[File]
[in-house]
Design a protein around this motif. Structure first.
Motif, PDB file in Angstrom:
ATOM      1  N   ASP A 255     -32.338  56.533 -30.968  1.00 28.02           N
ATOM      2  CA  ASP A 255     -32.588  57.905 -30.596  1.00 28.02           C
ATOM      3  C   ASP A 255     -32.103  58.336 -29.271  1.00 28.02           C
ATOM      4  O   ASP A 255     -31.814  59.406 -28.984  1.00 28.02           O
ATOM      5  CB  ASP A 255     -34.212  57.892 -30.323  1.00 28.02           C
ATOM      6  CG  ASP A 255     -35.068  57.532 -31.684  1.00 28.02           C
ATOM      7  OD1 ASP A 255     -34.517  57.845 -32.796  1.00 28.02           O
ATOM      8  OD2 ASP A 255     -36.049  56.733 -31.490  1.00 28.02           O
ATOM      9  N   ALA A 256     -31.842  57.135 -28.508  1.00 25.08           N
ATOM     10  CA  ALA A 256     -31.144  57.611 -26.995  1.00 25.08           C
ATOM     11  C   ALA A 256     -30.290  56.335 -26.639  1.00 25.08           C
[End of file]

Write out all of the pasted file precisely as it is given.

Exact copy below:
[in-house]
Design a protein around this motif. Structure first.
Motif, PDB file in Angstrom:
ATOM      1  N   ASP A 255     -32.338  56.533 -30.968  1.00 28.02           N
ATOM      2  CA  ASP A 255     -32.588  57.905 -30.596  1.00 28.02           C
ATOM      3  C   ASP A 255     -32.103  58.336 -29.271  1.00 28.02           C
ATOM      4  O   ASP A 255     -31.814  59.406 -28.984  1.00 28.02           O
ATOM      5  CB  ASP A 255     -34.212  57.892 -30.323  1.00 28.02           C
ATOM      6  CG  ASP A 255     -35.068  57.532 -31.684  1.00 28.02           C
ATOM      7  OD1 ASP A 255     -34.517  57.845 -32.796  1.00 28.02           O
ATOM      8  OD2 ASP A 255     -36.049  56.733 -31.490  1.00 28.02           O
ATOM      9  N   ALA A 256     -31.842  57.135 -28.508  1.00 25.08           N
ATOM     10  CA  ALA A 256     -31.144  57.611 -26.995  1.00 25.08           C
ATOM     11  C   ALA A 256     -30.290  56.335 -26.639  1.00 25.08           C